This make seemed to take me a long time, although it wasn’t too complex. Doing little bits here and there, amidst distractions and lapses of focus. Working on this dress took many ‘outings’: sewing on Clapham Common; hemming the sleeve on the tube on the way to work; hemming the other sleeve at my desk during my lunch break, and hemming the skirt at the London Dressmakers Club meetup at the Royal Festival Hall.
The adjustments I made were:
When I was adding the piping to the seams I realised that my sewing machine seam allowance markings are in imperial (inches) but I measure in metric (centimetres). I know it’s only a fraction difference, but when you’re trying to insert very skinny piping, it really makes a difference. So now I know!
This dress looks surprisingly smart (for denim) - so I think I could wear it for meetings etc. The red gingham stops it looking too serious - it’s reminds me of candy sticks.
I named this dress after Tom Odell’s amazing “Another Love" from the album "Long Way Down". There are songs that become soundtracks to your life and this one captures the mood during the period I made this dress.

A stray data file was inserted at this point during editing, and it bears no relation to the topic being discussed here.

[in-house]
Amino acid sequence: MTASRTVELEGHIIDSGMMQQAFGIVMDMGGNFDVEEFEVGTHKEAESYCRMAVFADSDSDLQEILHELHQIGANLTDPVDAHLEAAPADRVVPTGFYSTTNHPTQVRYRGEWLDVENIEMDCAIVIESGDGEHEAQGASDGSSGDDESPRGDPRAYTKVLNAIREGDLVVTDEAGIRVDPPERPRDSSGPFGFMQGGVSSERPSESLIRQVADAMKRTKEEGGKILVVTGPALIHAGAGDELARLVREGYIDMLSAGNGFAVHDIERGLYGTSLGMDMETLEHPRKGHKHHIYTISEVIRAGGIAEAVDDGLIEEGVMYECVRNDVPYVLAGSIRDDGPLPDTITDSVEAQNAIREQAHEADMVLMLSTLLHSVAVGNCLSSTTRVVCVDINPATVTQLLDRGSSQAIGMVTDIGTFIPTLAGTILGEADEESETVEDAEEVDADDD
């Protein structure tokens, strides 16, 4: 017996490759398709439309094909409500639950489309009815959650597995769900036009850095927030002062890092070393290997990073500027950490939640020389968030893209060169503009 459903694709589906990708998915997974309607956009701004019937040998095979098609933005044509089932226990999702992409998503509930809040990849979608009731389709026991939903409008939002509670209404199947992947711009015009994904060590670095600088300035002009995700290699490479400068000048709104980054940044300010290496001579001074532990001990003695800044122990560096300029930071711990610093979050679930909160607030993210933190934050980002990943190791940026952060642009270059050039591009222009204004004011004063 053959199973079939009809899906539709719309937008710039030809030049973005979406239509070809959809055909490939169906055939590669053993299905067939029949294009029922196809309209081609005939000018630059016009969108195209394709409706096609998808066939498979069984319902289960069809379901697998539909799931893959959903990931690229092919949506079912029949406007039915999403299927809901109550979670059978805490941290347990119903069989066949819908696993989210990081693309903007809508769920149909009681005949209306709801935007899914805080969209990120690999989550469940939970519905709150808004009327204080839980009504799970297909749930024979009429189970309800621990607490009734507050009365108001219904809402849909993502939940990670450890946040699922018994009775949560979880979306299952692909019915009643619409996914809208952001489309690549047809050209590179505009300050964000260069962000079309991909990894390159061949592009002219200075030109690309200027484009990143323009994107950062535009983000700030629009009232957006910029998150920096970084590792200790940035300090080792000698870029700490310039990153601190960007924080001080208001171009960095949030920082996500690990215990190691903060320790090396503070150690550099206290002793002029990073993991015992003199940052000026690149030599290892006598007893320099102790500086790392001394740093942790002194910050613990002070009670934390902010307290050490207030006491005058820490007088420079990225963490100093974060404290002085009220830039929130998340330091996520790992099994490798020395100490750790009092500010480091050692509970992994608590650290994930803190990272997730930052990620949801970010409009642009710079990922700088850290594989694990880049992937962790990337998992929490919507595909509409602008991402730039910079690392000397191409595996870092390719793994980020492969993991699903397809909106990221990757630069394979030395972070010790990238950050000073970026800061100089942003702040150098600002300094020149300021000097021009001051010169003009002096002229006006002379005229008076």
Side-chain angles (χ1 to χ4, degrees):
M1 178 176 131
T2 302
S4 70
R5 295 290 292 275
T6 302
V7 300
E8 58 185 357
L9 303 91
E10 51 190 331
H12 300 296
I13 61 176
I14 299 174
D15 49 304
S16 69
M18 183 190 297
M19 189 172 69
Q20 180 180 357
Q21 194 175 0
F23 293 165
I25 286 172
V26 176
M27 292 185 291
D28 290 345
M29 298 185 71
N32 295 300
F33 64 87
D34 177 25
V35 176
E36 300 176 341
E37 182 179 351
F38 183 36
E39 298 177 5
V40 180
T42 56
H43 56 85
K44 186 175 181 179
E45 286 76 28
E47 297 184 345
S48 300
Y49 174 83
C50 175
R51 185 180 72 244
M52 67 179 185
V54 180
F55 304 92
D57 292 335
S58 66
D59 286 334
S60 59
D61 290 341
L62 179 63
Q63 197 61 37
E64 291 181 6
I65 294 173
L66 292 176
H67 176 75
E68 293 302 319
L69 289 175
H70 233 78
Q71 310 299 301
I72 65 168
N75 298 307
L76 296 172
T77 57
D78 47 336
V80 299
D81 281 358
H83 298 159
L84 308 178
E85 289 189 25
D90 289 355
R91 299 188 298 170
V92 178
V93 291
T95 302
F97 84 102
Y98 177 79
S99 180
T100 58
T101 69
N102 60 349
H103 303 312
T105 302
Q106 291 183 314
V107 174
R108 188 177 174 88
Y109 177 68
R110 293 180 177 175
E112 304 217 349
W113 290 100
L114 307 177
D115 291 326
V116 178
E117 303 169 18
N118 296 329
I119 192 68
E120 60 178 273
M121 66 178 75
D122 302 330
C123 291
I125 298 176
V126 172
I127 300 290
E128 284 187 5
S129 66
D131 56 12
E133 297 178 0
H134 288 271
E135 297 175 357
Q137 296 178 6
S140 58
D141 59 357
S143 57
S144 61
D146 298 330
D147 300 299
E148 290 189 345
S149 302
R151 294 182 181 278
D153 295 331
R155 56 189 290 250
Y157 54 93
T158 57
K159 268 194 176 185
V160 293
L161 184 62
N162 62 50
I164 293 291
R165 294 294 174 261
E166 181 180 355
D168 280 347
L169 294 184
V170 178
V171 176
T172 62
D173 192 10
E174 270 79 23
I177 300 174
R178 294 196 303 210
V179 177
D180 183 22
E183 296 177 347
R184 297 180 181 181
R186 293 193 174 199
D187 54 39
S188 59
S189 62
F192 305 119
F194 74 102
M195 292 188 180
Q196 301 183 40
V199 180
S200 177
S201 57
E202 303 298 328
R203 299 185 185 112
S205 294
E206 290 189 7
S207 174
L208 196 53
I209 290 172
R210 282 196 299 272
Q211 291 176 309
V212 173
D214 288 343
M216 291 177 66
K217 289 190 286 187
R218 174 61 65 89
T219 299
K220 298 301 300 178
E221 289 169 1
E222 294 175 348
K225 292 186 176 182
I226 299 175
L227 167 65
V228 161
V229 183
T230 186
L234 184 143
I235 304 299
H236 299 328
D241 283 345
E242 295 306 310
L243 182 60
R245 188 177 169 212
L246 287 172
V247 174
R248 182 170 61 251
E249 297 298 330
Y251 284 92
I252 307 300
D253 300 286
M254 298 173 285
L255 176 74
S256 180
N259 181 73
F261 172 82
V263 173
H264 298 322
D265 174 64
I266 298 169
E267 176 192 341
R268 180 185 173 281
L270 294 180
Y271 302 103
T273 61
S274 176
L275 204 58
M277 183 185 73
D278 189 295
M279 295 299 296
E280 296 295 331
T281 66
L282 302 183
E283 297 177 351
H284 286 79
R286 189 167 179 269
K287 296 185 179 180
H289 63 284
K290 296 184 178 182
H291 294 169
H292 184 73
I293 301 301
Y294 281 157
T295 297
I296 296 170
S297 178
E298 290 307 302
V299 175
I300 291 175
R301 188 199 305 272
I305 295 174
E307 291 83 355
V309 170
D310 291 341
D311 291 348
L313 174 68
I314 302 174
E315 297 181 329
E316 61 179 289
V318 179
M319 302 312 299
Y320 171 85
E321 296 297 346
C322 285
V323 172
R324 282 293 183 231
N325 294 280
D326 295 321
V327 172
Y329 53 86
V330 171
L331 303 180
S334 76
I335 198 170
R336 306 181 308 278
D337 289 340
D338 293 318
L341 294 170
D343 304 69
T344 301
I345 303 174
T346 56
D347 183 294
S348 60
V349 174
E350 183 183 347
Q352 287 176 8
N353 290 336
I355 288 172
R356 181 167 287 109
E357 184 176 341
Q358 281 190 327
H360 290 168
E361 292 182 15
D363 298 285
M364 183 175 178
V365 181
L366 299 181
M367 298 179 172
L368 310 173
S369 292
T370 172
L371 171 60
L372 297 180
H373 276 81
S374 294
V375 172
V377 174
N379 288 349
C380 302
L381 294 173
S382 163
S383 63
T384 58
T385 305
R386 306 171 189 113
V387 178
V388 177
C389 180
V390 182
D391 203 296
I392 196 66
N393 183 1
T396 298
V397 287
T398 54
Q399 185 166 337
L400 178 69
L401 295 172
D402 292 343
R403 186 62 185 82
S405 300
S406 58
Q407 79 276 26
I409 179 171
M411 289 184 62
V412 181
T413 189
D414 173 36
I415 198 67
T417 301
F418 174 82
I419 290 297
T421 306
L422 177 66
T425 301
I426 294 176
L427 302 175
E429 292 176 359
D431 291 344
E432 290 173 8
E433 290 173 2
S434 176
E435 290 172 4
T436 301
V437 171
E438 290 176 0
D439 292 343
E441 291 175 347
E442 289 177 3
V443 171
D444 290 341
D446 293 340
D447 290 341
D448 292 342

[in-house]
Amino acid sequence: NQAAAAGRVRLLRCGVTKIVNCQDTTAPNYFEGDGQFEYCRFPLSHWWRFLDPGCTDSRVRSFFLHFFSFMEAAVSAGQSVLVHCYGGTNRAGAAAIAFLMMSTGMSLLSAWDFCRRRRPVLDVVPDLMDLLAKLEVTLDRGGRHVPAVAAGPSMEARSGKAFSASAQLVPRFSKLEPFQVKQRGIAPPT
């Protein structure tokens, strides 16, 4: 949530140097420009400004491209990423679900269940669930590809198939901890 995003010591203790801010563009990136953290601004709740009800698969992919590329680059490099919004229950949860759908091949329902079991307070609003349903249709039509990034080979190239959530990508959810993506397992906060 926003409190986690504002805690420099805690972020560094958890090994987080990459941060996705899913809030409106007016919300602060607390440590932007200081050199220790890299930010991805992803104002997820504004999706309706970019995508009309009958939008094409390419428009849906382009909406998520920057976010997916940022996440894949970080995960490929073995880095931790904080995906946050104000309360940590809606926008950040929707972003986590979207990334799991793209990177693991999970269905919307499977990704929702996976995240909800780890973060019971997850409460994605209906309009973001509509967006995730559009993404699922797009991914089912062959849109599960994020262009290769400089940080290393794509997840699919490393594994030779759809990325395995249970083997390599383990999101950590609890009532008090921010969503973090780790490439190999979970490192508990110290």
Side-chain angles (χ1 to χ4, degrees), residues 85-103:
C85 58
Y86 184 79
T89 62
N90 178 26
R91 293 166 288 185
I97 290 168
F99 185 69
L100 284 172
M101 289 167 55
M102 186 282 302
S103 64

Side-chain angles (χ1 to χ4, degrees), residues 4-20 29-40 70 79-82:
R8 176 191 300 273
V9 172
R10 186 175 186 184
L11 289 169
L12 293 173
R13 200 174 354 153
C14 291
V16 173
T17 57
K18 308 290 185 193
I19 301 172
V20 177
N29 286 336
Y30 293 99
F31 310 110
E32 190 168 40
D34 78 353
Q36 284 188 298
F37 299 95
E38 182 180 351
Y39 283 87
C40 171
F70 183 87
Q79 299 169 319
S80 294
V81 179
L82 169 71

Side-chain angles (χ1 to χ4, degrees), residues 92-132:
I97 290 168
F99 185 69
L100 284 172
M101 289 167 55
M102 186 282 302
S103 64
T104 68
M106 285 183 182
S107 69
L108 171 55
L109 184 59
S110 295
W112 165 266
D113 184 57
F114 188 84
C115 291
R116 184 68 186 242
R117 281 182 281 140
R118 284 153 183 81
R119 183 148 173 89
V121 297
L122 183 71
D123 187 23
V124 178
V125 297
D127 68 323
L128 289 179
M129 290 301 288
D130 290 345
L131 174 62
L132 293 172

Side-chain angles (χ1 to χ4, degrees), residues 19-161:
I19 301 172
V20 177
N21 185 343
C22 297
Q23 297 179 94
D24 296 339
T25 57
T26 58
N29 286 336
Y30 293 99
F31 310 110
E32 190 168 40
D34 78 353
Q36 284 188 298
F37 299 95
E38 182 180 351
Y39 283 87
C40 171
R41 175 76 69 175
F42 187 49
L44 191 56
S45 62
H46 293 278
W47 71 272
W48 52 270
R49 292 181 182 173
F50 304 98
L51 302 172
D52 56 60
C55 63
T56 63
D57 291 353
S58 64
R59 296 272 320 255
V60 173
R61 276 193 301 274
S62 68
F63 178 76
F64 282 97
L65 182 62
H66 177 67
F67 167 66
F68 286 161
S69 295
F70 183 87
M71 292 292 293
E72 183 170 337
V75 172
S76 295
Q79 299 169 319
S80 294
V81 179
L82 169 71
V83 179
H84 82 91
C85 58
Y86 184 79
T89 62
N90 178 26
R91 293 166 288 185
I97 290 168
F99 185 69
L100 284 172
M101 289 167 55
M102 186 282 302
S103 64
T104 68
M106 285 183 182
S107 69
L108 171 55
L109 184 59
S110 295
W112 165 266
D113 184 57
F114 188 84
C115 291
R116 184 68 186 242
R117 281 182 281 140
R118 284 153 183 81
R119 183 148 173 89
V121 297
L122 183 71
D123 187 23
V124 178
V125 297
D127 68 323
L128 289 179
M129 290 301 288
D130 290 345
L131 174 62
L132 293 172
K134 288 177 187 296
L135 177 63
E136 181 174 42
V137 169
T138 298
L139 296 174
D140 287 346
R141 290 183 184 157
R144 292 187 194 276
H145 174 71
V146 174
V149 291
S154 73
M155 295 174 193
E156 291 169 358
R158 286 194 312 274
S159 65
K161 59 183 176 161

Thank you to sylkotwist for nominating me for the Liebster award. It’s very lovely of you! The blog award is for up-and-coming blogs - to introduce new blogs to new readers. I’m going to take sylkotwist’s example and not worry too much about the rules regarding the numbers of questions and further nominations.
So here goes:
1. If The National Gallery offered you a painting free of charge for your lounge, which would you take?
It would be either a Rembrandt or a Vermeer. Rembrandt was a genius. Vermeer didn’t make many paintings in his life, but I love the stillness of them. So, I think it might have to be a painting about love “A Young Woman standing at a Virginal”
2. If you could have a me made fashion show, which fashion designer would you like to share the catwalk with?
3. You have discovered a time machine under your sewing table (just behind the scrap bag). With clothes in mind, which year would you go back to and why?
I actually found this question difficult! Too many choices. I have liked sewing from patterns from the 1970s and the 1940s, so they would be obvious choices. But, I think I would like to travel forward and see what the future holds for dressmaking and clothing. So, anytime in the distant future would be my (final) answer.
4. You have been given a bolt of your dream fabric and the help of Patrick Grant to make a dress. What pattern would you chose?